2001: A Space Odyssey

According to this film, in year 2001 we would have had manned voyages to Jupiter, a battle of wits with a sentient computer, and a quantum leap in human evolution. Instead we got the Mir Space Station falling from the sky, Windows XP, and Freddy Got Fingered. Apparently the lesson here is that sometimes it's better when the movies get the facts all wrong.

Friday, April 24, 2009

my favorite charger!

edit: nate is not longer my favorite charger. ie play offs 2010. enough said.

last night i wnet to the san diego celebrity classic at morgan run in rancho santa fe. thanks to lindsey romine, who's company puts on this golf tournament every year, and i got an invite. it was a great bash that lasts all weekend. but as of this morning we have a highlight thus far. i met my favorite charger #10 nate keading the kicker. he was very nice and a very gracious athlete. he dressed like a good old fashion farm boy, smiled the whole night.

Friday, April 3, 2009

Hillary's Book Club # 3

This book review is one near and dear to my heart. I got the recommendation from Cindy a while ago. She has told me this was the book that made her fall in love with reading. Now with a introduction like that how could I say no. And of course i LOVED it. How could i not, i mean its in my blood. So without any more intro i present....

Dragonwyck by Anya Seton

First published in 1944, Dragonwyck was a national bestseller that was made into a major motion picture starring Gene Tierney and Vincent Price in 1946. A classic gothic romance. The story begins in May 1844 with Miranda Wells, daughter of a humble farmer in Greenwich, Connecticut. Miranda's mother receives a letter from Nicholas Van Ryn, a rich relative and Patroon of a large manor called Dragonwyck near Hudson, New York. In the letter Van Ryn invites one of the Wells girls to Dragonwyck, to act as company for his daughter Katrine. After initial doubts, Miranda's parents allow her to go to Dragonwyck, and Miranda is instantly attracted and intrigued by her rich and mysterious relative, Nicholas. Her passion is kindled by the icy fire of Nicholas, the last of the Van Ryns, and a way of life of which she has only dreamed. Dressed in satin and lace, she becomes part of Dragonwyck, with its Gothic towers, flowering gardens, acres of tenant farms, and dark, terrible secrets.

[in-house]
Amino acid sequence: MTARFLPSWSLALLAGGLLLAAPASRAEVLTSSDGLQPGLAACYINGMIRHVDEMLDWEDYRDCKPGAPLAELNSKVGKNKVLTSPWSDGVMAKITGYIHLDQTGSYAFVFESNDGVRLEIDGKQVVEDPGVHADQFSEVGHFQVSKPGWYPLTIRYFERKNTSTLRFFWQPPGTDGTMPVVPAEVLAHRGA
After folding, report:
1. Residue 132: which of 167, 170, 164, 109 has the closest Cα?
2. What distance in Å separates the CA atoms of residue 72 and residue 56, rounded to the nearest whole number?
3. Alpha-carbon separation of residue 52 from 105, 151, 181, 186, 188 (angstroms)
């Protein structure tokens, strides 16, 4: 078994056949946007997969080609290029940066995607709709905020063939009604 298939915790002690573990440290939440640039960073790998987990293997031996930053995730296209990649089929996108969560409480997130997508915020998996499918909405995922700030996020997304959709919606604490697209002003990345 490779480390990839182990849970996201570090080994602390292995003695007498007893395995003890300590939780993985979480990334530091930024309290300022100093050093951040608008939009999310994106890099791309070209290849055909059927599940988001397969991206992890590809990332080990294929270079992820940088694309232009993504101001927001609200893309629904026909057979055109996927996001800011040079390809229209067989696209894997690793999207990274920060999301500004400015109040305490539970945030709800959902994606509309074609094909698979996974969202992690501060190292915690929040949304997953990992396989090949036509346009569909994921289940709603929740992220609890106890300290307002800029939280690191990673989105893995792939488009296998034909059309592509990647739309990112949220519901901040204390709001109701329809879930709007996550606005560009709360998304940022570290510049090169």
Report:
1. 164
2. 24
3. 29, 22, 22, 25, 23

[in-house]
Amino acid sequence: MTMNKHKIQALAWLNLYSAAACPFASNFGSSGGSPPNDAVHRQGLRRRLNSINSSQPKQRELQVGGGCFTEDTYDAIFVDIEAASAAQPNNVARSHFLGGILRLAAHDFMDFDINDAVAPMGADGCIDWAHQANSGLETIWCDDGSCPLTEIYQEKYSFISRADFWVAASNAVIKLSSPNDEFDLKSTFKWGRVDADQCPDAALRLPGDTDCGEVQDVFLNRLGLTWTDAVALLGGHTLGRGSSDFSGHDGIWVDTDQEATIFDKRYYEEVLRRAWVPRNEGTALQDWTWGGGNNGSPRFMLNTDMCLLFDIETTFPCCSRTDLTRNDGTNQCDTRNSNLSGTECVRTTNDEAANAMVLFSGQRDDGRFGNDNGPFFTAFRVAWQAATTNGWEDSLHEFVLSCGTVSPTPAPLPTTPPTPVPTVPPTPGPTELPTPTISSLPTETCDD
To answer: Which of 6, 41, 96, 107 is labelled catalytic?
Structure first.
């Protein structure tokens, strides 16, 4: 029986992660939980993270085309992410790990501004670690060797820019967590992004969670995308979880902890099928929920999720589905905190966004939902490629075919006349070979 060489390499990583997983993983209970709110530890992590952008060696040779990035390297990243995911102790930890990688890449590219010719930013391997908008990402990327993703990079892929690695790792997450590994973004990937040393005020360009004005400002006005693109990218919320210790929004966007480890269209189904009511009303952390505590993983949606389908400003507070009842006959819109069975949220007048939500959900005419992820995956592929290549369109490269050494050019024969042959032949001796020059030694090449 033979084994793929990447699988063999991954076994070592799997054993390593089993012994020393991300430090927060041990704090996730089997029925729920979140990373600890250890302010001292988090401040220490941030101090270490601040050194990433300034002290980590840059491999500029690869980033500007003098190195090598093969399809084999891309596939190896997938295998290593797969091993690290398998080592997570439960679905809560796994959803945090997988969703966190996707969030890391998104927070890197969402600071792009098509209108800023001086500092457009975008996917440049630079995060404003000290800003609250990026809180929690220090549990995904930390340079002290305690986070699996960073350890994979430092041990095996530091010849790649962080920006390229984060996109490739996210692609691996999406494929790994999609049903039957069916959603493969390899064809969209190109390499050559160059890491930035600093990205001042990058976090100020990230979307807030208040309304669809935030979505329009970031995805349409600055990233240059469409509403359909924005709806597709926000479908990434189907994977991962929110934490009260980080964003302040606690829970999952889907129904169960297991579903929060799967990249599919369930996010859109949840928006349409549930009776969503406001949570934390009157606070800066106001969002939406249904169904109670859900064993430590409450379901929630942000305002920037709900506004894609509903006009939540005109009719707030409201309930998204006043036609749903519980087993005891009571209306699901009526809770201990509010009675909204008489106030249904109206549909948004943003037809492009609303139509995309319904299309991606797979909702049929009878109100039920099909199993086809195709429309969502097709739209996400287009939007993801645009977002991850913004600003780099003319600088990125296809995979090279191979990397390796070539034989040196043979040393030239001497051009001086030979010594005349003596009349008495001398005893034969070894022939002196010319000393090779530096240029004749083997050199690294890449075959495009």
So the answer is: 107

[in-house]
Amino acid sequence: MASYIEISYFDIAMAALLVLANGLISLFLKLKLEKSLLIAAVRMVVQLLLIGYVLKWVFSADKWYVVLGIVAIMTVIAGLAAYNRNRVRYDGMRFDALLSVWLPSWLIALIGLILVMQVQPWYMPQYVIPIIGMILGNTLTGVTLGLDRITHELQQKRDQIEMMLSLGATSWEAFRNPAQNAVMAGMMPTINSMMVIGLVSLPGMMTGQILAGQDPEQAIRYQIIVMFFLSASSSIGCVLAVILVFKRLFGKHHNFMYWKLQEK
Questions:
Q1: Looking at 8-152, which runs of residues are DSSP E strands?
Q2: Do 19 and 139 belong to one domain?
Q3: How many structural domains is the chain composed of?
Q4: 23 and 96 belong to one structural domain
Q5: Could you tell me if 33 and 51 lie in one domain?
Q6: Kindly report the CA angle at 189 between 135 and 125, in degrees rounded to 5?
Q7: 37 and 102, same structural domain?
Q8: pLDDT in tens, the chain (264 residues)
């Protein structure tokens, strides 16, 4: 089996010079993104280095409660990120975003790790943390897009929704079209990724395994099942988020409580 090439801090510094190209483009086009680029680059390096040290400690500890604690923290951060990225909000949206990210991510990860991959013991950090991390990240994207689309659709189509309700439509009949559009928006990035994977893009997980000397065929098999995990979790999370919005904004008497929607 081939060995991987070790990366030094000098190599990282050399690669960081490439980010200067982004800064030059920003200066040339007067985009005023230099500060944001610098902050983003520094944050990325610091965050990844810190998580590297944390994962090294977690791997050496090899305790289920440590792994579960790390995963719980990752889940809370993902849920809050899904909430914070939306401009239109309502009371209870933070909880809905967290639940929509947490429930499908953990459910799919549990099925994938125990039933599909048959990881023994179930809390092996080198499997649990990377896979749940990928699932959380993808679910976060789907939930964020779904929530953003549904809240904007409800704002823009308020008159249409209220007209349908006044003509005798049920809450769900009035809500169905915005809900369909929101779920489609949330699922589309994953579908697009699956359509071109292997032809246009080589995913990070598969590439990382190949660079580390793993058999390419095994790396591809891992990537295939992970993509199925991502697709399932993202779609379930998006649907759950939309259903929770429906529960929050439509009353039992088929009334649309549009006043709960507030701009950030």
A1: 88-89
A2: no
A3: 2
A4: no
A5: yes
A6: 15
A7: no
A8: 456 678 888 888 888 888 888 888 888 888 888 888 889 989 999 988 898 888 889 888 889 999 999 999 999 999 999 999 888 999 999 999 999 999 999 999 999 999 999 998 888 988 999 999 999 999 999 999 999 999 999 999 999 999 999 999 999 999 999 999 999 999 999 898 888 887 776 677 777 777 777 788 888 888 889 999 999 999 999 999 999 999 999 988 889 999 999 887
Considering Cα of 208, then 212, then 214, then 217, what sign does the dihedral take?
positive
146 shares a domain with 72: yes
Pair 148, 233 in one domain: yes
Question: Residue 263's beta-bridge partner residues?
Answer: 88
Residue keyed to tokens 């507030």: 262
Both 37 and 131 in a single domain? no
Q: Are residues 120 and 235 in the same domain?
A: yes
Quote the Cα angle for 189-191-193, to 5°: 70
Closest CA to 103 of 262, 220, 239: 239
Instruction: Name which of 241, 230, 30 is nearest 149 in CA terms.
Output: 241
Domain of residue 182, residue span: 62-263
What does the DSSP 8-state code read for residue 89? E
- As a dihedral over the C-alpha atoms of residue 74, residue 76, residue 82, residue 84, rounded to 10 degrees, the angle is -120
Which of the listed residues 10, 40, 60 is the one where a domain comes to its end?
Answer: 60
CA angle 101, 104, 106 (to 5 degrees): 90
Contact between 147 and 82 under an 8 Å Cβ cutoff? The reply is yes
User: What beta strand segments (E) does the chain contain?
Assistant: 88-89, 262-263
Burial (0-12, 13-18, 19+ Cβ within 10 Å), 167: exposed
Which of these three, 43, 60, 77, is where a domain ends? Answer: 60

However not everyone welcomes Miranda to Dragonwyck. Nicholas' corpulent and lazy wife Johanna sees Miranda as a threat, and tries to keep her from her husband Nicholas. Soon Miranda encounters Doctor Jeff Turner, a skilled physician, but a passionate anti-renter who believes that rich Patroons like the Van Ryns should give up their large estates. The pair initially dislike each other, and because of his views, Miranda is baffled when Nicholas asks Dr Turner to attend to his wife, who has a cold. However while Dr Turner is at Dragonwyck, Johanna becomes violently ill and dies. As Dr Turner leaves wondering what caused such a sudden death, Nicholas asks Miranda to marry him, and she accepts. While thinking this is the life she has always dreamed of, she comes to face a very different reality, one that now show her Nicholas's dark and twisted past.

This compelling novel paints a marvelous portrait of a country torn between freedom and feudal traditions; a country divided between the very wealthy and the very poor. Poor tenant farmers at Dragonwyck, the European royalty who visit, and American icons such as Edgar Allan Poe, Herman Melville, and the Astors are vividly brought to life. This is a heart-stopping story of a remarkable woman, her breathtaking passions, and the mystery and terror that await her in the magnificent hallways of Dragonwyck.